There is a species of young folk walking the streets (and middle-aged folks too, I guess, not to be ageist about it), who will have you believe that dissent – the spirit which animated everyone from Woody Guthrie to The Clash – in popular music is dead, and that the whole shooting match has been reduced to nothing more than a corporate-led charade. When, as anyone who bothers to keep their eyes and ears open for this sort of thing knows, the diametric opposite is actually the case.
From elder statesmen (Bruce Springsteen, Neil Young) to their immediate successors (Steve Earle, Todd Snider, Lucinda Williams) to long-enduring anarcho-punks (The Levellers) to the recent adventures of Pussy Riot, evidence to the contrary is everywhere available. Indeed, for those who harken back nostalgically to a rose-tinted vision of the 60s counterculture, it could be argued that protest against perceived hypocrisy and injustice through accessible forms of musical expression has never been greater than at the present time, especially when allied to the fact that today’s socio-political and socio-economic criticism is rather less self-serving, delusional and downright naïve than that of its parents’ generation. Hell, even The Dixie Chicks got into trouble with the Republican Party not so long ago, and were defiantly unrepentant about it. Add to that, has anyone been keeping tabs on what Ryland Peter Cooder has been up to for the better part of the last decade?
What began with the broad canvas of American history yielding the class war vignettes and sympathy for minorities contained on his loose Southern Californian trilogy of Chavez Ravine (2005), My Name Is Buddy (2007) and I, Flathead (2008) became even more focused with the contemporary issues of bank bailouts and recession dealt with on last year’s excellent Pull Up Some Dust And Sit Down, and leads to its logical full-flowering on this unabashed broadside, released a week before the Grand Old Party’s convention and two months before Obama seeks a second term in the Presidential election.
An entire album of political salvos, in this case left-wing ones, can feel like being hit over the head repeatedly with a copy of Socialist Worker (or Das Kapital), but what differentiates Cooder’s jeremiads from those of many of his contemporaries is that his songs are character-driven and tell a story, rather being a mere list of complaints or calls-to-arms. Thus, the man who introduced Keith Richards to the open G tuning (as finally acknowledged in the latter’s autobiography Life) is out of the traps with the political cartoon of ‘Mutt Romney’s Blues’, apparently the true story of how Republican hopeful Mitt once lashed his dog to the roof of his car on a family outing, all told from the point-of-view of the unfortunate canine. As Reverend Al Sharpton said, “how he treated his dog tells you a lot about him.”
This is followed by the mandolin-led ‘Brother Is Gone’, which updates and relocates the Robert Johnson myth to Wichita, where the rich and influential Koch Brothers make a deal with the Devil, ‘We met old Satan where the two roads cross’, but he is coming back for one of them. Again, Charlie is singing about the disappearance of Davy, in this song for the new depression.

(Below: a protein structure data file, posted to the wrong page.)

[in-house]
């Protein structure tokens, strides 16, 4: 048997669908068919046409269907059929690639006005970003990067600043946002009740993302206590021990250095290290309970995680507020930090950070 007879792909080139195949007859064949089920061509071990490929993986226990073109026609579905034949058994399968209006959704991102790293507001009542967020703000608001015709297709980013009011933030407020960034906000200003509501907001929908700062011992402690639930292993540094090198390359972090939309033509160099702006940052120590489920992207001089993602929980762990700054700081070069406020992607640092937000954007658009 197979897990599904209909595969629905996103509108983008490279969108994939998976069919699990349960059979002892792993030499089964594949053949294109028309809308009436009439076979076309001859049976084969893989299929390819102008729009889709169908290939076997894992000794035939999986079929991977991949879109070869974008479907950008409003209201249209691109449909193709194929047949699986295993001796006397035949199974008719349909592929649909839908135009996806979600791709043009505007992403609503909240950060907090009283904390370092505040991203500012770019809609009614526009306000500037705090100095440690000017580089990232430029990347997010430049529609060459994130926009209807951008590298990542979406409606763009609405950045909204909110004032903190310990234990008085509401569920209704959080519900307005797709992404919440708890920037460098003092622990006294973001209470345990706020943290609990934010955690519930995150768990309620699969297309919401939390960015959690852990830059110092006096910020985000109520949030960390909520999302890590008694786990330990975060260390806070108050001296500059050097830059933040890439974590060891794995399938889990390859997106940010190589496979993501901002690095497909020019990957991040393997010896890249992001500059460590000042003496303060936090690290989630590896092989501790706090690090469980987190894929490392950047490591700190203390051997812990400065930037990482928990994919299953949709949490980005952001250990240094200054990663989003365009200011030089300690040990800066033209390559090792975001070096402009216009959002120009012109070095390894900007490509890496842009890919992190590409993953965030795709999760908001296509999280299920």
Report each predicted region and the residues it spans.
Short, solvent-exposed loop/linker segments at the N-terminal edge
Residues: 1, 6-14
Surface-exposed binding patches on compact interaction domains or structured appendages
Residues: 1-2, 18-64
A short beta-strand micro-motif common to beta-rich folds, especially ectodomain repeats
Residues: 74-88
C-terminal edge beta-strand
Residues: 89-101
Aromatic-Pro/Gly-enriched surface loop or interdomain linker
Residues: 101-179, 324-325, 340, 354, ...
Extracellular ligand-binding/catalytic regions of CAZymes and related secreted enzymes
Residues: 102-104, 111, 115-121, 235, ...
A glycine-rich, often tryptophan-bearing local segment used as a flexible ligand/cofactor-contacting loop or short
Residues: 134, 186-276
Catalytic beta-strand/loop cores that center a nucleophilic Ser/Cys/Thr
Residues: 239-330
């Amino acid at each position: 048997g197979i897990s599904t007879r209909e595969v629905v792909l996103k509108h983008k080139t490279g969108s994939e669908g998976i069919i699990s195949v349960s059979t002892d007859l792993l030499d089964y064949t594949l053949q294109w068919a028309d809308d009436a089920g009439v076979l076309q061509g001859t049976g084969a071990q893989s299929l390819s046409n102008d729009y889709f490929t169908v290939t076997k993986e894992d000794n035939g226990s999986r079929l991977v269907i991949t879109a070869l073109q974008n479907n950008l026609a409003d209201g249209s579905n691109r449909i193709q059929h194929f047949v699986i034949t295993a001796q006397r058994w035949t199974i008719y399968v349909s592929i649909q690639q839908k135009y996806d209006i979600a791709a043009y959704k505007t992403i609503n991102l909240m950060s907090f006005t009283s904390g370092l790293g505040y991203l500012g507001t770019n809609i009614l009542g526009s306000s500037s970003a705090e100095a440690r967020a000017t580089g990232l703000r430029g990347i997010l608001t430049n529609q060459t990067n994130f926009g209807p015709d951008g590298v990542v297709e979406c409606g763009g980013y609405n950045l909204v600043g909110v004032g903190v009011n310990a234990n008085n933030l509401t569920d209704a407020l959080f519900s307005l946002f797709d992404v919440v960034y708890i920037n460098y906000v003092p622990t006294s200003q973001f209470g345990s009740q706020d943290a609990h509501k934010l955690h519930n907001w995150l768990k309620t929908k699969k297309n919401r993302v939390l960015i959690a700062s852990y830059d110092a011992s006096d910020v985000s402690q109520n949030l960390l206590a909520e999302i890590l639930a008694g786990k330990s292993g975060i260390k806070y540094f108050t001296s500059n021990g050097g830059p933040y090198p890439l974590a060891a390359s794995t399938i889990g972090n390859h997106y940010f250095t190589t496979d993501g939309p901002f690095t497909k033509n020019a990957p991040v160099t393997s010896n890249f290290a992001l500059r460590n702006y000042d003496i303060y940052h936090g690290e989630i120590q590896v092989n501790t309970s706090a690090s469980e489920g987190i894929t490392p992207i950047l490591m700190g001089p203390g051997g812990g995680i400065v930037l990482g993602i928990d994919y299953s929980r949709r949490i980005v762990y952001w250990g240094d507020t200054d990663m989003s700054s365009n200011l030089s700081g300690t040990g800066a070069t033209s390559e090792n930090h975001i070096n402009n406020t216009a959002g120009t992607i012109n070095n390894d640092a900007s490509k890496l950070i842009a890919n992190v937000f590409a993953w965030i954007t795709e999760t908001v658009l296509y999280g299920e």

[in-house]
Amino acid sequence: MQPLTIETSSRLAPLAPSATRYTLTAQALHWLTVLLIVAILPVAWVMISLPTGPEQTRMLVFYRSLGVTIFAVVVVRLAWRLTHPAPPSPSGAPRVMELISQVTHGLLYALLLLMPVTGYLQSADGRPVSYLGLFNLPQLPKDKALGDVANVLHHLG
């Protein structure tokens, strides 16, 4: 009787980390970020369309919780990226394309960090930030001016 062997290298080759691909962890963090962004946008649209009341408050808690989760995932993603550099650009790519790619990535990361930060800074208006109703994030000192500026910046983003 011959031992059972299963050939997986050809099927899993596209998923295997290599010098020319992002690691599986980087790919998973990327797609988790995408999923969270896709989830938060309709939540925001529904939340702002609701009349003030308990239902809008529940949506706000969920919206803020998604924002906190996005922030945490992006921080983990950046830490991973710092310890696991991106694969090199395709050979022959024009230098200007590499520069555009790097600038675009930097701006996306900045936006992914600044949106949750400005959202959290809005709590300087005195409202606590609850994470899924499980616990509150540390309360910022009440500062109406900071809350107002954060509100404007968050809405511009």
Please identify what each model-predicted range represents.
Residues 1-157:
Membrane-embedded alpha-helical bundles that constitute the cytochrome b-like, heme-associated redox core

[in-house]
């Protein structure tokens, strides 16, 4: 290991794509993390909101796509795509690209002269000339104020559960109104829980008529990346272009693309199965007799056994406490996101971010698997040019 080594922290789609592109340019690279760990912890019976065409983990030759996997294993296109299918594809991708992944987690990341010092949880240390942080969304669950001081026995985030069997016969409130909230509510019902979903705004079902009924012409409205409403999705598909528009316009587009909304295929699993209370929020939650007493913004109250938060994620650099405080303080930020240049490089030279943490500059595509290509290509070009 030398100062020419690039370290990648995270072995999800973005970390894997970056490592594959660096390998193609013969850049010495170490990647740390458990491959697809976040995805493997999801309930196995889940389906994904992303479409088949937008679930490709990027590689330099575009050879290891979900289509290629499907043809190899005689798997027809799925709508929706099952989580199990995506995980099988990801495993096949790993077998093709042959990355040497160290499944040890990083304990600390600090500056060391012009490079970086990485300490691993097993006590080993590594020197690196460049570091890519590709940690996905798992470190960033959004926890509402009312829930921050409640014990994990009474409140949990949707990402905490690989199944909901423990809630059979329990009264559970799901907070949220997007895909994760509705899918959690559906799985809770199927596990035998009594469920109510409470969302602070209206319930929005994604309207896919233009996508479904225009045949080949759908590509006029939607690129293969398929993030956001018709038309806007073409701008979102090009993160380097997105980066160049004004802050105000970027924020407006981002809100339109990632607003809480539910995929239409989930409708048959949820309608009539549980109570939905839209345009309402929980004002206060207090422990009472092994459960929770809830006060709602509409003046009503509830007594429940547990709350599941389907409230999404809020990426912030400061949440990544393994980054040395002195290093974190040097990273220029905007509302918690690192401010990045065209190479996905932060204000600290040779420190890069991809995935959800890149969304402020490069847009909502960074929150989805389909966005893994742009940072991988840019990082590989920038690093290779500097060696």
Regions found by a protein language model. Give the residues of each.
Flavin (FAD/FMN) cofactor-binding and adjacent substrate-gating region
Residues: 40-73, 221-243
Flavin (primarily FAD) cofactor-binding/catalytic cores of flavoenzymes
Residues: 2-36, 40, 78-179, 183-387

‘The Wall Street Part Of Town’, a holdover from the more country and folk-styled Pull Up Some Dust…, for which it was considered too boisterous, expresses solidarity with the Occupy movement. As the liner notes say: ‘Is there a Wall Street part of town in your town? Start your own, it’s easy. When the police come, remind them that you pay their salary, such as it may be.’
‘Going To Tampa’, ‘Kool-Aid’ and ‘The 90 and The 9’ are again all first person narratives, the first a country hoedown about a good ol’ boy on his way to meet the Tea Party at the Republican convention, the second a shuffle about a ripped-off kid who bought the controversial ‘Stand Your Ground’ self-defense gun laws, but now finds himself jobless – he ‘drank the Kool-Aid’, the last a downhome Woody Guthrie-style, Joe Hill traditional workers’ song, about a father and daughter setting off for a demo against those ‘jackin’ with the 90 and the 9’. It’s all topped off with the raucous rock’n’roll finale of ‘Take Your Hands Off It’, where the trusty Stratocaster is unleashed in a fit of righteous anger to upbraid right-wing tampering with, and monopolisation of, everything from the Bill of Rights to reproductive rights, the Constitution to God.
So there you have it, the short sharp shock of 9 tracks in 38 minutes, largely first-takes with no overdubs. Of course, there is the question of how efficacious protest song is in contributing to social change, and how could such an effect be measured anyway? If Obama is re-elected, what part will Election Special have played? But, in one sense, such considerations entirely miss the point of the sub-genre, and in another they are another day’s work. There is also the criticism that exclusive concentration on the social eschews exploration of the personal, the private realm of intimate relationships. But there is plenty of time for that elsewhere, no? Nina Simone could do ‘Mississippi Goddamn’, and follow it with “I Want A Little Sugar In My Bowl’. Moreover, the personal is political, right? And vice versa, needless to say.
Besides, who says topical music has to be boring, or won’t stand the test of time? While there are those who hold that poetry should not be ripped from yesterday’s headlines, and that conscripted soldiers are the first to die, in the hands of a master craftsman like Cooder, who just seems to be getting better and better the older he gets (as writer, as vocalist, and of course as player), it is amply demonstrated that there is plenty of life in these old dogs yet. What’s more, social comment once again becomes high art, in the finest American tradition.